Real-time transport data in KDE Itinerary
Last year KDE Itinerary was presented at Akademy for the first time, striving to build a privacy-protecting alternative to digital travel assistance features. Teaming up with the Open Transport community since then has paved the way for real-time transportation data access. What data is available, how is it used in KDE Itinerary, and what else can we use it for?
While KDE Itinerary had access to personal booking information (via its own extraction engine) and static information (via Wikidata), access to real-time or transient information such as delays, gate or platform changes, or service disruptions was still missing a year ago. Today, such information are available via the KPublicTransport framework.
In this talk we will look at the system KPublicTransport is based up-on, the Free Software and Open Data service Navitia which aggregates public transport data provided by hundreds of operators around the world, as well as how KPublicTransport makes this information available to application developers.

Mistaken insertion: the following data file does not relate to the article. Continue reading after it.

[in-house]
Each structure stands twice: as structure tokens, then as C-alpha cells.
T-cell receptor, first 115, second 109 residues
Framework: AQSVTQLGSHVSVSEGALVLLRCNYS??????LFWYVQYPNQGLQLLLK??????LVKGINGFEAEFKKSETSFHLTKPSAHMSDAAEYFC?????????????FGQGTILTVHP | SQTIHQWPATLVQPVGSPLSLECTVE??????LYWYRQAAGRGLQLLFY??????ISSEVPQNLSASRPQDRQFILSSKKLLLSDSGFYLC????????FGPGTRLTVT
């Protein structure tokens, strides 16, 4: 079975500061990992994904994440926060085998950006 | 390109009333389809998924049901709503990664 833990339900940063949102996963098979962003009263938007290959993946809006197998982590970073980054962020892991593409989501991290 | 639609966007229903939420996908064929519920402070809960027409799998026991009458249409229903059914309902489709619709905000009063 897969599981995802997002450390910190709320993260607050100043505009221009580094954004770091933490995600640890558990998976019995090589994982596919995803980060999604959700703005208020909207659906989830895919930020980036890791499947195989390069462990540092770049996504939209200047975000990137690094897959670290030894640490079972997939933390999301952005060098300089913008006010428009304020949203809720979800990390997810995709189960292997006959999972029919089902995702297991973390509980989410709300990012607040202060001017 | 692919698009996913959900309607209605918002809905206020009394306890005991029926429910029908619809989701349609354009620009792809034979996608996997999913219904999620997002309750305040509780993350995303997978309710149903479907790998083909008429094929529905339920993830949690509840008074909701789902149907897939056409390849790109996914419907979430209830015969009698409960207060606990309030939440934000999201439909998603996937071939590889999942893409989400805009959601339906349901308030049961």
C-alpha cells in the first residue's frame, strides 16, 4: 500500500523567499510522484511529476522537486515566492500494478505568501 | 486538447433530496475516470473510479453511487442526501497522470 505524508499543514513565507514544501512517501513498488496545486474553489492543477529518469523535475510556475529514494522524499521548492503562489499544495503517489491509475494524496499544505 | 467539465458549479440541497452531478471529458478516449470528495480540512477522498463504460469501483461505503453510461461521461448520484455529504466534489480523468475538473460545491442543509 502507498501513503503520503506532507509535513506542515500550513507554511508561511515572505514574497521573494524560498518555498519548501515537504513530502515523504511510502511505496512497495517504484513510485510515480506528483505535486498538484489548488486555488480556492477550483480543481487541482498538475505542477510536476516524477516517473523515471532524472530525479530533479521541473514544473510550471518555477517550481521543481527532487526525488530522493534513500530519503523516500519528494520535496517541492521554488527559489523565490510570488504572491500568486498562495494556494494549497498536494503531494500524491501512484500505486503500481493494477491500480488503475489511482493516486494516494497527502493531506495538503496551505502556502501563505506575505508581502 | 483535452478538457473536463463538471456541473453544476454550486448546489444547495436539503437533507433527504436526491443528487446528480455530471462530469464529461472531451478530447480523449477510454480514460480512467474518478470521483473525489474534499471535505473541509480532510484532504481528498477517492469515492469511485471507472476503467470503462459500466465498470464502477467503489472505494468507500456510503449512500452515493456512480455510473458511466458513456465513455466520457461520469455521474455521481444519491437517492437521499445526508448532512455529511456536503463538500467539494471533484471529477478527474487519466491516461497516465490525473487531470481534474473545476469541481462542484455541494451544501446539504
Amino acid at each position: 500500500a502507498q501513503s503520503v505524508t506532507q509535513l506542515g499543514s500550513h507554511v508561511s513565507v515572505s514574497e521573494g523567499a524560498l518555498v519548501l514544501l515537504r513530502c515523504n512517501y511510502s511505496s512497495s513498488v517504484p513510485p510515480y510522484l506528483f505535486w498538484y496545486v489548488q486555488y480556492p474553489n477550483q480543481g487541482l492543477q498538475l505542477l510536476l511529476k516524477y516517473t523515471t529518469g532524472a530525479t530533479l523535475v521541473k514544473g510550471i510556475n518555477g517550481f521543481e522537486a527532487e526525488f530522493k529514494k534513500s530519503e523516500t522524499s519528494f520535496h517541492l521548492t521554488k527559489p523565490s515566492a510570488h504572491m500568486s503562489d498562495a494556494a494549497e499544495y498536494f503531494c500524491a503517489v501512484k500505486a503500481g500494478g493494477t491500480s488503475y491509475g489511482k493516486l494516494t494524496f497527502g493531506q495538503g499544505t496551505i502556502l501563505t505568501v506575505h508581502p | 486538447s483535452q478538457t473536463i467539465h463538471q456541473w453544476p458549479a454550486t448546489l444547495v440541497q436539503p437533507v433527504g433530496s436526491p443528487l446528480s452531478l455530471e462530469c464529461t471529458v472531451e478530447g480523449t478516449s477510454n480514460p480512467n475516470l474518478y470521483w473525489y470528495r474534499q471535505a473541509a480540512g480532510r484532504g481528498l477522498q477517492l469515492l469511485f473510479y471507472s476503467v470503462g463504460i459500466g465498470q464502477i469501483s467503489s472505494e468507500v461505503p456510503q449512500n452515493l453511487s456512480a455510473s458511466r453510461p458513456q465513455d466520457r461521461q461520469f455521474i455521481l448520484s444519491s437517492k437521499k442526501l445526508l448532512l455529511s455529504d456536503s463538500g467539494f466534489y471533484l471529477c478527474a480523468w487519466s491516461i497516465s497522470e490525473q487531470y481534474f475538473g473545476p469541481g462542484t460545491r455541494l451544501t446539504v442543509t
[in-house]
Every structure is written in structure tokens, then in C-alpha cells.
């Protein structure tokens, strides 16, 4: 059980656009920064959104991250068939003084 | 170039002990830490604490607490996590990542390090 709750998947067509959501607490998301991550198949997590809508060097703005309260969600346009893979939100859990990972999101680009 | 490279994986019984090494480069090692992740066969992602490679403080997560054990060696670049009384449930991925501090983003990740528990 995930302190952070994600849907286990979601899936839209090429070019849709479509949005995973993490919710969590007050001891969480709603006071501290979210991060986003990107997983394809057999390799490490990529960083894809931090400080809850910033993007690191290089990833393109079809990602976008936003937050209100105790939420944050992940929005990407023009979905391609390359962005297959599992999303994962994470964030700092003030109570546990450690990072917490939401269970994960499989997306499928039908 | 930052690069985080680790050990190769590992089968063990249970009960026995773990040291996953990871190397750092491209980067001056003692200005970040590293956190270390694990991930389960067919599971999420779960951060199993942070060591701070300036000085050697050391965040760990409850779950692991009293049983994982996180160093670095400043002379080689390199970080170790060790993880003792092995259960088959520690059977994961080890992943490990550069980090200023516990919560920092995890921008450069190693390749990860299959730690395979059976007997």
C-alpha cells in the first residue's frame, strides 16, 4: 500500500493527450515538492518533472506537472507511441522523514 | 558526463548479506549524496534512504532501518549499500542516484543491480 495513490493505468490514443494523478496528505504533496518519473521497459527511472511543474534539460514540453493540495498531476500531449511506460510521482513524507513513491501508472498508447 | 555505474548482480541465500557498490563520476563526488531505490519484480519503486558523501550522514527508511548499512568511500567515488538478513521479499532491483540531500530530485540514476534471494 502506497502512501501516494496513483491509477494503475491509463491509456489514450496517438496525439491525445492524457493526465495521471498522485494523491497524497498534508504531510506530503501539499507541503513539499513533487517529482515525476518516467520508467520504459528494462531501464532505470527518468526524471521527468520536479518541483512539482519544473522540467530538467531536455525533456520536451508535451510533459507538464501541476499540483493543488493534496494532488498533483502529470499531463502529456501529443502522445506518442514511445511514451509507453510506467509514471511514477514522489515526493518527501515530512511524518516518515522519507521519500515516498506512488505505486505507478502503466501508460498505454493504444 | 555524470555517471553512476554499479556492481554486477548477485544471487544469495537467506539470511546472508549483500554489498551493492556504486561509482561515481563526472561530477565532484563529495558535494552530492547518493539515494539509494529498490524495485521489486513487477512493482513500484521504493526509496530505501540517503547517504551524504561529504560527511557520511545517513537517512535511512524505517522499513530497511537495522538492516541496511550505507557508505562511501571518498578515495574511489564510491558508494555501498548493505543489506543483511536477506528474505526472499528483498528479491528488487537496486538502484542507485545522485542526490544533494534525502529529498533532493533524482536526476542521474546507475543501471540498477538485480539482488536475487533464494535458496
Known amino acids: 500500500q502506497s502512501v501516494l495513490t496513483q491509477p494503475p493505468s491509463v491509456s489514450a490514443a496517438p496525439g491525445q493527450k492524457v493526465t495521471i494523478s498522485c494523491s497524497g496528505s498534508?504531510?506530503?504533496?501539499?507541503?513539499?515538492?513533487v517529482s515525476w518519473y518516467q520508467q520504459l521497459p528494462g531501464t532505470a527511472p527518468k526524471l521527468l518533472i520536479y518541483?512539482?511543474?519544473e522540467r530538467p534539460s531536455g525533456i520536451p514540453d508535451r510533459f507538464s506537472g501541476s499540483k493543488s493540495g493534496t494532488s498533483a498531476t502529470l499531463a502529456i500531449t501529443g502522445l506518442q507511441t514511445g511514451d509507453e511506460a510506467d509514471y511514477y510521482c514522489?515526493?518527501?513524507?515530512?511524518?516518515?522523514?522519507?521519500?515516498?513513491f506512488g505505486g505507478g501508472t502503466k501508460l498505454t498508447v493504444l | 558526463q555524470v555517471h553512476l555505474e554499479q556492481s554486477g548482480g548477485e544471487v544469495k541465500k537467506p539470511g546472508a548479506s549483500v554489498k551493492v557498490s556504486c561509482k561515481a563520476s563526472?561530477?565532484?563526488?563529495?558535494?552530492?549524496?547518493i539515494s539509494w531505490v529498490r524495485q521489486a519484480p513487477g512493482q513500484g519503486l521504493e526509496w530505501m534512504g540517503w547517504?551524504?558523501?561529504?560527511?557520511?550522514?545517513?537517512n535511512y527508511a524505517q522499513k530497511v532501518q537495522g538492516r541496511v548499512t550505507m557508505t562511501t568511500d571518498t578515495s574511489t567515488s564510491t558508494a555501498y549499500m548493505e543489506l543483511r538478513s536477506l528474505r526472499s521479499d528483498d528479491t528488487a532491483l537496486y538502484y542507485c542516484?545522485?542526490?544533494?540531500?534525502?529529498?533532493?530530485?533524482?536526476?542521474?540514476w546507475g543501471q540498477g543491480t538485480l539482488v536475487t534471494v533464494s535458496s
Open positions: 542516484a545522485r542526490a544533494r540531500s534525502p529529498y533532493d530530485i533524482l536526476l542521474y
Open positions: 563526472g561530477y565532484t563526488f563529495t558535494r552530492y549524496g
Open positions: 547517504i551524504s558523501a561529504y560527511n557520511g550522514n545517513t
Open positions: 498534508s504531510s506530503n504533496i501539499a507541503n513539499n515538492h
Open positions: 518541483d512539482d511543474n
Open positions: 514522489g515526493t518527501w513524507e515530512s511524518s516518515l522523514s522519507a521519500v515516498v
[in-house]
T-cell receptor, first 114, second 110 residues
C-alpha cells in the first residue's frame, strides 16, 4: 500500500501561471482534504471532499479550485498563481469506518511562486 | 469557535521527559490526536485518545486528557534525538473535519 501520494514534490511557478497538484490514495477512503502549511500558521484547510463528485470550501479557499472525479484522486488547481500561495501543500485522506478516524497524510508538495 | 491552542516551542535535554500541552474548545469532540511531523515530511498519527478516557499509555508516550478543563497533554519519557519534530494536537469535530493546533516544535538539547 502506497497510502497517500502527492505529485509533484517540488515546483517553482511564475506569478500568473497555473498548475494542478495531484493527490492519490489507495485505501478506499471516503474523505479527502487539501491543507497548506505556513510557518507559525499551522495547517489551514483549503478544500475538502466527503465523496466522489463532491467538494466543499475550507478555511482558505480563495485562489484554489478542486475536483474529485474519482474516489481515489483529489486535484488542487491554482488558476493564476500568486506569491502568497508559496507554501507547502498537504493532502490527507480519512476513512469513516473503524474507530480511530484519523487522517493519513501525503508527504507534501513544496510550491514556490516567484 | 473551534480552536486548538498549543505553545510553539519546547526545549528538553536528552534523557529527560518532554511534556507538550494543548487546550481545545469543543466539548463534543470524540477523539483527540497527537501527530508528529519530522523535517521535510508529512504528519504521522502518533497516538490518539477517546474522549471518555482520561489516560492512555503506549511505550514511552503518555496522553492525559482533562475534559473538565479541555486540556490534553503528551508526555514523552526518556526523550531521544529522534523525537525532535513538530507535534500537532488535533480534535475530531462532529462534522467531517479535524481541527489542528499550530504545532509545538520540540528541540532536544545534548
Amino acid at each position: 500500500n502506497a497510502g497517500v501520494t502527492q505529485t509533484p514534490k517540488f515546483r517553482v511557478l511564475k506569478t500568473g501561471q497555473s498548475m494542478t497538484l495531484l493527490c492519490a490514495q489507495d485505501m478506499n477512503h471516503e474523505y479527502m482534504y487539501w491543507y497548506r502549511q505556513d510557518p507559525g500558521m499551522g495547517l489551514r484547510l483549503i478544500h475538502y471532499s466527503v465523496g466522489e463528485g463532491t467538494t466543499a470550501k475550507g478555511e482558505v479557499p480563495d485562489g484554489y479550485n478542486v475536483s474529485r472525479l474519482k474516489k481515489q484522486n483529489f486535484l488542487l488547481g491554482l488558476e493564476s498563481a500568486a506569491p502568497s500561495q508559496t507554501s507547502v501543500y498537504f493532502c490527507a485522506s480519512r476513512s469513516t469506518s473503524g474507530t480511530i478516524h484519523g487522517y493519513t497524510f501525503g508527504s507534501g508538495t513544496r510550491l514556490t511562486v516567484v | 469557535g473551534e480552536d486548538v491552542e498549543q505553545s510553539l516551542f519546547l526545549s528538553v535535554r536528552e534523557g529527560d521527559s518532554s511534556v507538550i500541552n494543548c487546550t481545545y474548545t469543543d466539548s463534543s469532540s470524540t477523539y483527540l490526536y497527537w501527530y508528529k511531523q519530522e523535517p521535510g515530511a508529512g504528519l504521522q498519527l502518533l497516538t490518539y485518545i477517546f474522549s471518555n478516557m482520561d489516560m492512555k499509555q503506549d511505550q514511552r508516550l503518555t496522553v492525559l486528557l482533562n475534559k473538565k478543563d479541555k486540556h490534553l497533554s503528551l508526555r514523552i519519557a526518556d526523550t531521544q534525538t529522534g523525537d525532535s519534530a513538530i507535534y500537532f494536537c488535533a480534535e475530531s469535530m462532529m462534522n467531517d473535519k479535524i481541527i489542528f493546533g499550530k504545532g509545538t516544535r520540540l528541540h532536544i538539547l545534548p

Besides the already listed kinds of information, KPublicTransport also provides journey query capabilities. That is, determining how to get from A to B using public transport services. And while we of course will see how this is used by KDE Itinerary for more assistance features, this is equally interesting for applications targeting a commuter use-case for example (such as a possible resurrection or successor of the KDE4-era public transport Plasmoid).
While several brave test subjects managed to do quite a few tests^Wtrips with KDE Itinerary already, there is a remaining risk of the author failing to show up due to highly experimental support for Milan's local transport system.